Conversely, the creators of the algorithm which sits behind the LLM could be seen as being the legal copyright owners in the generated content. From an infringement perspective, it is also possible that an LLM produces content which infringes the copyright of existing works. In these instances, whether liability would sit with the LLM user or the creator of the algorithm is unclear and this may be an area of uncertainly for IP experts in the coming years.
The more data an LLM is trained upon, the more accurate and efficient it becomes in predicting the sequencing of words and phrases. However, the more data that is used or ‘scraped’, the more likely it is that there could be data protection issues. For example, if datasets created for use by an LLM contain personal data, the relevant data subjects may not have consented to the processing of such data, contrary to the GDPR.
Further, it is unclear how the ‘right to be forgotten’ under the GDPR would be enforced against an LLM. Whilst it may be possible to remove personal data from content generated by an LLM, it may be practically impossible to remove all traces of an individual’s personal information from the initial dataset used by the LLM to create such content, particularly if the dataset in question is an enormous online word repository such as Wikipedia.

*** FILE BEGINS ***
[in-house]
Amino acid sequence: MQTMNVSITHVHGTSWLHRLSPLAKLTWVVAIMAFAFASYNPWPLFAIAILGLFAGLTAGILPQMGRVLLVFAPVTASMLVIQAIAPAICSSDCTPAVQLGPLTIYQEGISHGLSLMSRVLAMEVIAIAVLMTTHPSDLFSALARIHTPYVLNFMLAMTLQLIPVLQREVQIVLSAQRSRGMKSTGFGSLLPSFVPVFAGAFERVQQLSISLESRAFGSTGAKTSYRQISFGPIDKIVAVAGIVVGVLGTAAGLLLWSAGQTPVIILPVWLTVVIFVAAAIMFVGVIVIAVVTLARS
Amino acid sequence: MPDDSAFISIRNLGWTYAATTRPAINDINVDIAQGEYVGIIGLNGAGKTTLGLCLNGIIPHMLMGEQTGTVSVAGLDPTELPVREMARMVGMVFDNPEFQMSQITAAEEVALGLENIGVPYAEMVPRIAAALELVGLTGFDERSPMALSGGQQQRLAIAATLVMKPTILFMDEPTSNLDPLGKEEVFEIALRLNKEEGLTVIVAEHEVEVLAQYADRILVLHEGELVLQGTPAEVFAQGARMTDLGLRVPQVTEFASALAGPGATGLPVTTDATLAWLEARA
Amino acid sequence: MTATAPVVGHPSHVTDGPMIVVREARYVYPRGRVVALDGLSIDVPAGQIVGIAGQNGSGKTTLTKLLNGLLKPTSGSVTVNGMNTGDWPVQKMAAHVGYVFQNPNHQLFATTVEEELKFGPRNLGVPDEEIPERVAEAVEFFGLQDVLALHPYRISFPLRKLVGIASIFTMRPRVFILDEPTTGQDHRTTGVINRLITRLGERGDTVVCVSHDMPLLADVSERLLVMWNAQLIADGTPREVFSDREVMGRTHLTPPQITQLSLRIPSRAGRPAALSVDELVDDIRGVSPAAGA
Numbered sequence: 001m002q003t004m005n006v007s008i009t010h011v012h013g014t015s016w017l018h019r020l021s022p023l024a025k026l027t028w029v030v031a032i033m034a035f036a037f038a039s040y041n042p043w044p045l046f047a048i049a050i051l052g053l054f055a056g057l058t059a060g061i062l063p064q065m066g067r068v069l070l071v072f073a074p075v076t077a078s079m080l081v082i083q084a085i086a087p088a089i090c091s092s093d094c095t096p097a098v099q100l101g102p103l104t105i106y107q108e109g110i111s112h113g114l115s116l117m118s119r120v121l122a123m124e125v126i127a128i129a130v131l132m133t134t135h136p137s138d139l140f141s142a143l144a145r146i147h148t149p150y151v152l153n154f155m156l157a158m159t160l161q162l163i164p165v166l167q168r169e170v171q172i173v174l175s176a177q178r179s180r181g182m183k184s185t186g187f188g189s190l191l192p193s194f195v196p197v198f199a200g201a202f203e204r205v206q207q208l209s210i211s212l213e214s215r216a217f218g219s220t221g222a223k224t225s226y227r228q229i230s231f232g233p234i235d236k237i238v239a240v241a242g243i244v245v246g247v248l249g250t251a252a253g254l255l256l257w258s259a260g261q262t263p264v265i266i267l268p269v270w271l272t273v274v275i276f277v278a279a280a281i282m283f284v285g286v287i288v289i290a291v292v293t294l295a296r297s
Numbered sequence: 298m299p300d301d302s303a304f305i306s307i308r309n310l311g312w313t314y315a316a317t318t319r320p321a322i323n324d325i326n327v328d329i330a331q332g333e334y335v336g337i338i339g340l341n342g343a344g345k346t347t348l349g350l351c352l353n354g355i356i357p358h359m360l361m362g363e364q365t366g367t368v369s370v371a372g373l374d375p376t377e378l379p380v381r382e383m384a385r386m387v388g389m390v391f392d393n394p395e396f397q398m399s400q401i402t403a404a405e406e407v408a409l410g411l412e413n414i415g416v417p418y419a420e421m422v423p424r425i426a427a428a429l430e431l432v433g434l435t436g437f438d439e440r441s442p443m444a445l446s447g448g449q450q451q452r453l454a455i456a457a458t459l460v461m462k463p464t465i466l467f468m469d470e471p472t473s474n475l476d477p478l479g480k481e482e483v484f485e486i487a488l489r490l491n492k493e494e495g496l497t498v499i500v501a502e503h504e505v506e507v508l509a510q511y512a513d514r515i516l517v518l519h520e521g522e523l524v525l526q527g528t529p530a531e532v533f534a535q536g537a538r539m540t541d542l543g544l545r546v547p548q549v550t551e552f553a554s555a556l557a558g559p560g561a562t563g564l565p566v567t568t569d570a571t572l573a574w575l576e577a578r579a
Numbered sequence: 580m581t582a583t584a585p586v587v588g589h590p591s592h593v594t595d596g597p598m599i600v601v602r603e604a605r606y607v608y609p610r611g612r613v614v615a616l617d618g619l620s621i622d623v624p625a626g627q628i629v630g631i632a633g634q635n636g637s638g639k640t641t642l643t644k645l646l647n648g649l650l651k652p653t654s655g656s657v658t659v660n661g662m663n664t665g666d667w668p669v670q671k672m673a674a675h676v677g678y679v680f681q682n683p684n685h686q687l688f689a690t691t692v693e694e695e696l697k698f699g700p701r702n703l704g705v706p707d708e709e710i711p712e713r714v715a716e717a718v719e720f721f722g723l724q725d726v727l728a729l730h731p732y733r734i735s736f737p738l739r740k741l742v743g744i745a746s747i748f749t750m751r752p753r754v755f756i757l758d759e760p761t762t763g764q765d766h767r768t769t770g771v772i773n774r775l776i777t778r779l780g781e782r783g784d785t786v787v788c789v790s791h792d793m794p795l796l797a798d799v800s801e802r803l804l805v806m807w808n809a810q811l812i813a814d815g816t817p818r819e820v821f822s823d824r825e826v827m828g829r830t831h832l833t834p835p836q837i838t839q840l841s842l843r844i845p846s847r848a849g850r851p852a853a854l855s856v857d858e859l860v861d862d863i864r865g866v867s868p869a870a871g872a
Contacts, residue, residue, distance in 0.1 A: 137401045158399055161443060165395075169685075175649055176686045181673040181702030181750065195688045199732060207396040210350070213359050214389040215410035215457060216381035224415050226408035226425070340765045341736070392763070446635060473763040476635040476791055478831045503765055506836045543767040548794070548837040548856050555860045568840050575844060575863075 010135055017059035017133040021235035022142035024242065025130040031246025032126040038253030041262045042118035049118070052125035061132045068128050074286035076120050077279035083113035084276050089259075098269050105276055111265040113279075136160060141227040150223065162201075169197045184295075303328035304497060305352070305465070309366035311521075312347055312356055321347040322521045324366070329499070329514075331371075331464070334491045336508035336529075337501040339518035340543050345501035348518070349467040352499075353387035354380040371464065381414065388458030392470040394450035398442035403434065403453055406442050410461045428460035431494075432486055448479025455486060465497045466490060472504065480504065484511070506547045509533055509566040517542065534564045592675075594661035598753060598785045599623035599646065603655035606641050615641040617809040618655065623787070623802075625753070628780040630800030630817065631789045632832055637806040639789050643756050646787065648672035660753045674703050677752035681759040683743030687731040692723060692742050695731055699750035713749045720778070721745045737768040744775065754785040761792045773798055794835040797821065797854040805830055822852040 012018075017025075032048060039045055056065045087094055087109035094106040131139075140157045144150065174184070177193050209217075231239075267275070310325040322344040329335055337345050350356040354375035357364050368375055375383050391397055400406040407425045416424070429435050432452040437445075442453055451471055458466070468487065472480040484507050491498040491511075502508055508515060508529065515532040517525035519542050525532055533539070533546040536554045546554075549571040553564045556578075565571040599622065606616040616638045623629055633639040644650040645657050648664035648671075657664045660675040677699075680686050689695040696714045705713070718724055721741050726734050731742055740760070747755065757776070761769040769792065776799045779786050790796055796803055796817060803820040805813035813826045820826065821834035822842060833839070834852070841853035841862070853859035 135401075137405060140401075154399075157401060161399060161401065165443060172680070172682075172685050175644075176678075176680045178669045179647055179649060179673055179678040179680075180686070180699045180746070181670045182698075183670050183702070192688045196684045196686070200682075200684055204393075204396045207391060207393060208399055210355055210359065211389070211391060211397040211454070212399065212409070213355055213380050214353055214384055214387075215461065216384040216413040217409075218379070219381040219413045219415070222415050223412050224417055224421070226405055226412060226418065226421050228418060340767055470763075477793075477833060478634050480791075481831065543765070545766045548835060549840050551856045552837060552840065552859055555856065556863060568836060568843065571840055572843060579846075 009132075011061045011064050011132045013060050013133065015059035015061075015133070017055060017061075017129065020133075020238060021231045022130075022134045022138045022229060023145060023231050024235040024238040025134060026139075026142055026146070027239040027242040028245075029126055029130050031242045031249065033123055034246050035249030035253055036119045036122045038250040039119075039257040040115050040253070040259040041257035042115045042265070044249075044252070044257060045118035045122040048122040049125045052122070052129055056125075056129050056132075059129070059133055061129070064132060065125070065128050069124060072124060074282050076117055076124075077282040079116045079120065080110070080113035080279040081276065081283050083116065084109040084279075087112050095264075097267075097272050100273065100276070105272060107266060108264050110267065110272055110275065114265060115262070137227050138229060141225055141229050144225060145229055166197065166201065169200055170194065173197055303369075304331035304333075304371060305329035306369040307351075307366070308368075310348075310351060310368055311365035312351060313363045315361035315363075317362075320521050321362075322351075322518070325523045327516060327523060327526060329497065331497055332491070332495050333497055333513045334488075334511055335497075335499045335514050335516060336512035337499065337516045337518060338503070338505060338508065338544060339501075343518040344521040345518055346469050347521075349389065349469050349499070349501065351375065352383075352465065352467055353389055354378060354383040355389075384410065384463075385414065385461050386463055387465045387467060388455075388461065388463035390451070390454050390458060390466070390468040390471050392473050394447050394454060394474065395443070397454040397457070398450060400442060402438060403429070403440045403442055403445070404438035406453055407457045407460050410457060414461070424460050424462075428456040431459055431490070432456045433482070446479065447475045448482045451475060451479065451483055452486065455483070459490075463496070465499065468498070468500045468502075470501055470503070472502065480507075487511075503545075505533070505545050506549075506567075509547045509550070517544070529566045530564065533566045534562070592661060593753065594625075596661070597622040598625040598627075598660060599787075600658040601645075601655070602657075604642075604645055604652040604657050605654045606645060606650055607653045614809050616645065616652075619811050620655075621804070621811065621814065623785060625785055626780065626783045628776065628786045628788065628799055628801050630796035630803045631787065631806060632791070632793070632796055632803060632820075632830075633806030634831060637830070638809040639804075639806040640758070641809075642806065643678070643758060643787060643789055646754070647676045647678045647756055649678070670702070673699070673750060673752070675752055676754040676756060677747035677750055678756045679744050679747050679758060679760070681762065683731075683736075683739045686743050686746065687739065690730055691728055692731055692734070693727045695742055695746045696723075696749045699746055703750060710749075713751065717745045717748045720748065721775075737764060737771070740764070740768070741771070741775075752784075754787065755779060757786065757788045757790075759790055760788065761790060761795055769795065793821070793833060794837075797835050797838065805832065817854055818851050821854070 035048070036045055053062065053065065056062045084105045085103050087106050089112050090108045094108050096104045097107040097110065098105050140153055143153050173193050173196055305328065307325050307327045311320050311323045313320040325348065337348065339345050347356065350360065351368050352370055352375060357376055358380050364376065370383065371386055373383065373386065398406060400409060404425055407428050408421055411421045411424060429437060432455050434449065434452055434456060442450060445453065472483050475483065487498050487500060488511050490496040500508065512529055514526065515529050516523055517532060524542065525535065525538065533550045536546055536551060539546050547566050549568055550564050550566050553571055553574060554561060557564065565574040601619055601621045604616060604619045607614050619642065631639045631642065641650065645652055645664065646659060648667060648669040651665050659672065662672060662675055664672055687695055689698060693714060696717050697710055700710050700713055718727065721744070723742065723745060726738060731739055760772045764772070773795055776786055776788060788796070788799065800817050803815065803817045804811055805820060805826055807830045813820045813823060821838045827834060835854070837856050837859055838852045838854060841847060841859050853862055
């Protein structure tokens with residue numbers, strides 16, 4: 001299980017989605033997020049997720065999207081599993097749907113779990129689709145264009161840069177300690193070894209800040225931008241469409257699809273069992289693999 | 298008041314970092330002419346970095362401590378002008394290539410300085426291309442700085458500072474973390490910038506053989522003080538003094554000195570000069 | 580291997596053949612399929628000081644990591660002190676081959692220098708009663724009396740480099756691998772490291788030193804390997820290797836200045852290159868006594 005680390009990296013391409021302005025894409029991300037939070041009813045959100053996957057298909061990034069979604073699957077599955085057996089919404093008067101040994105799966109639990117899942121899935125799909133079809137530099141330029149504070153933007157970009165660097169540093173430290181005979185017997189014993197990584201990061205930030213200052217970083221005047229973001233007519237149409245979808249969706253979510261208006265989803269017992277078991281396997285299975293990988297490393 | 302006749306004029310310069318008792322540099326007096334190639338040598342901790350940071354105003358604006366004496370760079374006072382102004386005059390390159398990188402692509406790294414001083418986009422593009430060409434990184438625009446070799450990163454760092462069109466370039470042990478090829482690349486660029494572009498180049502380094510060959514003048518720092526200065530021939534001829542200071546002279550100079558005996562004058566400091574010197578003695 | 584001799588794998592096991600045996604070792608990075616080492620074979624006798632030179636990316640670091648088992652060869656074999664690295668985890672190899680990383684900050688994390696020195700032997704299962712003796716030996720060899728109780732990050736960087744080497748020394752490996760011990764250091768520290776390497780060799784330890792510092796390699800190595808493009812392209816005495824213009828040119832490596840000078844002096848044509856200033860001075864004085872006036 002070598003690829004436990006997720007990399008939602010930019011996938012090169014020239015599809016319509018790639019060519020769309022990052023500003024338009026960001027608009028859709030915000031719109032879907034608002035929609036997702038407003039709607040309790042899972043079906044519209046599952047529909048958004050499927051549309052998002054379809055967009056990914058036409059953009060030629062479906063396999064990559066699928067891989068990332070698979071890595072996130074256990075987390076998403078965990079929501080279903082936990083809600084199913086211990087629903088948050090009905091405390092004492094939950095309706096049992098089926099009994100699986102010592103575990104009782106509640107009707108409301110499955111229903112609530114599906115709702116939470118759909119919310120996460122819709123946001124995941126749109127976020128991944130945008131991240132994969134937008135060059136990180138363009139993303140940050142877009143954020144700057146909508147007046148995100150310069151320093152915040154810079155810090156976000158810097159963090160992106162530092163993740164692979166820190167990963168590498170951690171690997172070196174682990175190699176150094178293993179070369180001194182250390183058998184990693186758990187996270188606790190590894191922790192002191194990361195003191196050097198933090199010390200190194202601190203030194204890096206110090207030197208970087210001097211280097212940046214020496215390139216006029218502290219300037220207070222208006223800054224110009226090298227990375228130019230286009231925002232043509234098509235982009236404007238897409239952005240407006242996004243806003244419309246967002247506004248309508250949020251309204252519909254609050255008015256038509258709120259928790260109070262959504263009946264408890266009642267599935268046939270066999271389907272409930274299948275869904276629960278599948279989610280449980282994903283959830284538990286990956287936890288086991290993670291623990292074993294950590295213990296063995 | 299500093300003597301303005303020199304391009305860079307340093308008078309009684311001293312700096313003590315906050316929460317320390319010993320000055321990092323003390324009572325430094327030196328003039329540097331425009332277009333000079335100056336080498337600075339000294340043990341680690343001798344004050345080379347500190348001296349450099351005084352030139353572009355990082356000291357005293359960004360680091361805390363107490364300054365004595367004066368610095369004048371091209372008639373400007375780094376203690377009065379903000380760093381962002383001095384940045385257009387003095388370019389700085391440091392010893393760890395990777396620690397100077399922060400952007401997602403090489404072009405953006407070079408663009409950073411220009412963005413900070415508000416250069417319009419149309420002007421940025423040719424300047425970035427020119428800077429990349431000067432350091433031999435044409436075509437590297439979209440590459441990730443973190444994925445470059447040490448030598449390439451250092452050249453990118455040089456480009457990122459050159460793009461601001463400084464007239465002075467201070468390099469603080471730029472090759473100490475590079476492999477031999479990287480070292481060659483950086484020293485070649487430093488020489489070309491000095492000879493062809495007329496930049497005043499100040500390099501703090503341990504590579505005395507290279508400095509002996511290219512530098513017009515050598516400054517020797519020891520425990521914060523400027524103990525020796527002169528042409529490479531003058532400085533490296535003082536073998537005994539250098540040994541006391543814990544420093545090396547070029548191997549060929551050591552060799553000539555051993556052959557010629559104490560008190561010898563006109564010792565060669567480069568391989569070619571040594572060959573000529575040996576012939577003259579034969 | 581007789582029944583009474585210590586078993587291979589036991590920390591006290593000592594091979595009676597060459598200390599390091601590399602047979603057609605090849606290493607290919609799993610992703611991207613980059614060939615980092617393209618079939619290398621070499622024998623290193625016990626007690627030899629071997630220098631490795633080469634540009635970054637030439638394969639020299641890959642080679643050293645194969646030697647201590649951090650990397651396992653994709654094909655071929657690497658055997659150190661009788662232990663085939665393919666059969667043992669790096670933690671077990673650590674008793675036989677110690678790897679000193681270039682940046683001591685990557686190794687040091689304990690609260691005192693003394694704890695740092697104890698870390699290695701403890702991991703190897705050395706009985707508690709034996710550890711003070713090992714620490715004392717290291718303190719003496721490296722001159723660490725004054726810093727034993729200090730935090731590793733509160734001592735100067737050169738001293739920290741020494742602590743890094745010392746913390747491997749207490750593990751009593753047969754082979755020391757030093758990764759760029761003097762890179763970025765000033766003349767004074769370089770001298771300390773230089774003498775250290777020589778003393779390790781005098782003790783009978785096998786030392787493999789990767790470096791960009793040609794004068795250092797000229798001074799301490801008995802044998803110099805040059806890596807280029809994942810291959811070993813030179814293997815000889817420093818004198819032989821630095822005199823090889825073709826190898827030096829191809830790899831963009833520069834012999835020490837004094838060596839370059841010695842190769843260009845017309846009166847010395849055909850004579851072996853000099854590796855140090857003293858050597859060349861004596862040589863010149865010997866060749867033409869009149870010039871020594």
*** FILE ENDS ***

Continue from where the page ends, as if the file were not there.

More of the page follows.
A final area of concern would be that of ‘fake news’ creation and attribution. LLMs are generative and create content based on the most likely sequence of words. However, an LLM’s output is not guaranteed to be factually correct. Consequently, the LLM may produce inaccurate or misleading answers, whether by mistake or design, which could be perceived as genuine output from an individual, corporate and/or state body. This may be confusing for the individual user who may believe as ‘true’ everything he or she reads from a website or computer but the potential impact for society of mass ‘fake news’ creation by LLMs will undoubtedly be an area for concern for national and international regulators.